8 years for dad of Saints ‘super fan’ in charity, drug case

8 Years For Dad Of Saints ‘super Fan’ In Charity, Drug Case
Chris Pizzello

FILE - In this Wednesday, July 12, 2017, file photo, New Orleans Saints super fan Jarrius "J.J." Robertson, right, accepts the Jimmy V perseverance award with his parents, from left, Patricia Hoyal and Jordy Robertson at the ESPYS at the Microsoft Theater on in Los Angeles. Jordy Robertson, whose seriously ill son Jarrius gained fame in New Orleans for his devotion to the Saints football team, was sentenced to eight years in prison Tuesday, May 11, 2021, for drug trafficking and for fraudulently capitalizing on his son's illness with a phony charity.

NEW ORLEANS (AP) — A Louisiana man whose seriously ill son gained fame in New Orleans for his devotion to the Saints football team was sentenced to eight years in prison Tuesday for drug trafficking and for fraudulently capitalizing on his son’s illness with a phony charity.

Jordy Robertson, 37, was sentenced Tuesday by U.S. District Judge Wendy Vitter, according to the U.S. Attorney’s Office.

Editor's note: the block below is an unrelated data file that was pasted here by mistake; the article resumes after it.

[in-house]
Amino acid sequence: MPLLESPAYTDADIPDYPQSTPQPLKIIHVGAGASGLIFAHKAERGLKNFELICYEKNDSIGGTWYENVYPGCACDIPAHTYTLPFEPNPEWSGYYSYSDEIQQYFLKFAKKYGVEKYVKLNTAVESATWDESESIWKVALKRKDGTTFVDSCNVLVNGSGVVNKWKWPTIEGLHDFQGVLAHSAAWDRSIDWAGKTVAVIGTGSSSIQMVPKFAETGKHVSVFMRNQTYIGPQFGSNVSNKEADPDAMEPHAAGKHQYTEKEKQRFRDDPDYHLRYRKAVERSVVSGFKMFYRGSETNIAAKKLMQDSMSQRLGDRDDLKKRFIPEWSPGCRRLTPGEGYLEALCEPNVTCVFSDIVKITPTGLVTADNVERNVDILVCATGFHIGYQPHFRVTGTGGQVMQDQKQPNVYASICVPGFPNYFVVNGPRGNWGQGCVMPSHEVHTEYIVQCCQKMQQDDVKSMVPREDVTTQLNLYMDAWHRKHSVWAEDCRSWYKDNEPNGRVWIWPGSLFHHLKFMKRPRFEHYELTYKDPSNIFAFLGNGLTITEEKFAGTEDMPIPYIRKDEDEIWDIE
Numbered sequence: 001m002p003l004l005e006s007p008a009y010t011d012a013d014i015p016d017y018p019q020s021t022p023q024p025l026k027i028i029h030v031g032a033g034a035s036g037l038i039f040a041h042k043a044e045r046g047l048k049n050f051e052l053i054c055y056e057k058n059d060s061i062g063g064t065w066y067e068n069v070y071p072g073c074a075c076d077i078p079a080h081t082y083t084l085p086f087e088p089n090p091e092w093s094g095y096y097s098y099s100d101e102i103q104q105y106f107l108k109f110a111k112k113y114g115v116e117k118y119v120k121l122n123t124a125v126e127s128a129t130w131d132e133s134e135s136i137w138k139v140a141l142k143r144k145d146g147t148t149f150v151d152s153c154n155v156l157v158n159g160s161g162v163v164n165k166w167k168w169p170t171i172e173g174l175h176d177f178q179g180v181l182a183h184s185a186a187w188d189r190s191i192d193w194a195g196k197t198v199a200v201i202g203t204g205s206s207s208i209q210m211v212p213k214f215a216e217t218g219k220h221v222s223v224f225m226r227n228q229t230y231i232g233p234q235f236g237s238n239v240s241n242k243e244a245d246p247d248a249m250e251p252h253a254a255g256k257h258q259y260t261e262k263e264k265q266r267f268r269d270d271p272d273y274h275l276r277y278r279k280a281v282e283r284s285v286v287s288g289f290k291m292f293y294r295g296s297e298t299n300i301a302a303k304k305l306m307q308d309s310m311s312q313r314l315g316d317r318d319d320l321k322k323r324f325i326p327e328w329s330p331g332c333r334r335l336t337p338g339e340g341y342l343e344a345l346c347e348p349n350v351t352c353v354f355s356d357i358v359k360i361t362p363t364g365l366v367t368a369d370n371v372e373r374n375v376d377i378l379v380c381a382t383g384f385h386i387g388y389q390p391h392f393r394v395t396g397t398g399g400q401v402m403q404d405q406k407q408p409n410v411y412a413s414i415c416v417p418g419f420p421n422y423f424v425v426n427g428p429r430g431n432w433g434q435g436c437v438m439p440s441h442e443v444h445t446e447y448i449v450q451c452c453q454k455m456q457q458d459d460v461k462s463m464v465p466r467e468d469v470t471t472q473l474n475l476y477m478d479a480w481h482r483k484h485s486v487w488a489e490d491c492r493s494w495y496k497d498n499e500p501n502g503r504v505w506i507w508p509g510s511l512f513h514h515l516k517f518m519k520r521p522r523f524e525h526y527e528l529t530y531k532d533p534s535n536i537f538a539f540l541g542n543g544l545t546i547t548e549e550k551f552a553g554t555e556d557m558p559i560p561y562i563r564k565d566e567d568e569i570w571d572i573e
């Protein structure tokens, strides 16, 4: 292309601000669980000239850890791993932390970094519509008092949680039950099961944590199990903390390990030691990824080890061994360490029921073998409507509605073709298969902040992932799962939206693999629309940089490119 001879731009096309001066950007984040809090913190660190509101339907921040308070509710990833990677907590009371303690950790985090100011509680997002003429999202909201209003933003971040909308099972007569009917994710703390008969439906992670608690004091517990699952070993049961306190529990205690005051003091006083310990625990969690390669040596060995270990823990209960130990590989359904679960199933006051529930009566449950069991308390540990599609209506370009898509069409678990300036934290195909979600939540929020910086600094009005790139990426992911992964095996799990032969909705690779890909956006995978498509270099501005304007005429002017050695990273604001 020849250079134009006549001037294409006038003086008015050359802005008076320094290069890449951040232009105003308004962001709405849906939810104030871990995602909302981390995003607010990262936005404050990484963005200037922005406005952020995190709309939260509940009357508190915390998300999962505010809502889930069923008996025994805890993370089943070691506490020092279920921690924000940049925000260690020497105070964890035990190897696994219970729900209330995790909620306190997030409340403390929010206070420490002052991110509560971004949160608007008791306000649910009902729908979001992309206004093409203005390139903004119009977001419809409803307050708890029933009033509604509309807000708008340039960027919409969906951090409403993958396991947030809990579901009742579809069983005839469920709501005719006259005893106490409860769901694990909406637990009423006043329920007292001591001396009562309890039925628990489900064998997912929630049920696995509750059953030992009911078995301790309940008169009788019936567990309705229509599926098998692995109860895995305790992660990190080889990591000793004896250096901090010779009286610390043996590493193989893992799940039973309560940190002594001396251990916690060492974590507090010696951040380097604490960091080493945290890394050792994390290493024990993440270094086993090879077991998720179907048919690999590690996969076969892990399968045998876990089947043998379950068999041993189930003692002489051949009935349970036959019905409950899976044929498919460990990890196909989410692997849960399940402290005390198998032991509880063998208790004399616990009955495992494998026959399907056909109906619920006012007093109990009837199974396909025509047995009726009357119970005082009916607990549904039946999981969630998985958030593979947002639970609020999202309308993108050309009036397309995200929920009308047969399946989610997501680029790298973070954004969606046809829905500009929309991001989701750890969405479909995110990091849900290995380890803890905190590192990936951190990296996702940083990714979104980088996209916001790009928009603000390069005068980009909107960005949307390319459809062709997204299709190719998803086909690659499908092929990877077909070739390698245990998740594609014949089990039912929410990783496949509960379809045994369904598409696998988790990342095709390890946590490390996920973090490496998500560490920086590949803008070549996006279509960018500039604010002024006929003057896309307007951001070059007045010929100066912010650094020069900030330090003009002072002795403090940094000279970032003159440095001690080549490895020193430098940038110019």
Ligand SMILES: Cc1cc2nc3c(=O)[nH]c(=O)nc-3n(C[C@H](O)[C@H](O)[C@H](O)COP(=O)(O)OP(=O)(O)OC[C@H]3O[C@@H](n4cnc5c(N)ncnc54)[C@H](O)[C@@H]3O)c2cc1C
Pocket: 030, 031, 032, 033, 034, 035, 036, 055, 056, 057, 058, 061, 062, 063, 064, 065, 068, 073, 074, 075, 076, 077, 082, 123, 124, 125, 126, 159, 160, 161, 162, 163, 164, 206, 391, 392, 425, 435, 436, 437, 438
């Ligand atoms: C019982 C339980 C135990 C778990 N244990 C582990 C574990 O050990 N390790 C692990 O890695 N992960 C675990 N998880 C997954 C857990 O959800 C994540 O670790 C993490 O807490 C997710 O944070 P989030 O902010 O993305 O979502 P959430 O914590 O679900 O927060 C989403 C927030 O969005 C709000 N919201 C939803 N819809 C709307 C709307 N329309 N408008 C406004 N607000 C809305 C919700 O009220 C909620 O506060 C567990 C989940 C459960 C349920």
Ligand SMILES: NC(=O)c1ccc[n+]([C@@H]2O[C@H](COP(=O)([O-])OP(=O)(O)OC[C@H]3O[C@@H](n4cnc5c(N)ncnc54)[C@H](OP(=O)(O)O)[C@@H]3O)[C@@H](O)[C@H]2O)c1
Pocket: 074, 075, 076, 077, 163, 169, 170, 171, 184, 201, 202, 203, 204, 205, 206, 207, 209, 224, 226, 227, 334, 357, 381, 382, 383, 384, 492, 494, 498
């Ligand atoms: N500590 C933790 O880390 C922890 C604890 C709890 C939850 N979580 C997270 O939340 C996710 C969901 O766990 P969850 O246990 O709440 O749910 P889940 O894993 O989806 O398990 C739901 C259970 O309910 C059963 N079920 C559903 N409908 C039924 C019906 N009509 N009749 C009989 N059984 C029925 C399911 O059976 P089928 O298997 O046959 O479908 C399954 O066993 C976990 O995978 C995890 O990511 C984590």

Robertson is the father of Jarrius Robertson, whose boisterous enthusiasm for the Saints and unbridled optimism while fighting a rare liver disease, won the hearts of team members and fans.

Jarrius has been often described as a Saints “super fan” in local media. Amid the publicity, which included an appearance at the ESPYs, Jordy Robertson established a charity to raise money for his son’s liver transplant. But prosecutors said the child’s expenses had been covered by Medicaid and the hospital.

Prosecutors said Jordy Robertson also continued to raise money through his “It Takes Lives to Save Lives” charity, purportedly to raise awareness about organ transplants for children. But he used the money for himself.

Jordy Robertson pleaded guilty in 2019 to wire fraud and drug trafficking charges. In addition to the prison sentence, he was ordered to pay $116,216 in restitution to people who made donations.

A federal complaint filed in 2019 said the investigation of Jordan began in 2017 when the Drug Enforcement Administration was tipped that Robertson was involved in cocaine trafficking in Garyville, a community west of New Orleans.

“Mr. Robertson’s criminal activities showed a blatant disregard for the generosity of others,” U.S. Attorney Duane Evans said in a statement Tuesday.

Jarrius Robertson, who was 17 by the time his father entered his plea in 2019, has never been implicated in wrongdoing. Then-U.S. Attorney Peter Strasser said Jarrius was a victim.

“Think about the emotional toll it has to take on him to see his own father use him to commit a crime,” Strasser told reporters outside the federal courthouse in September 2019.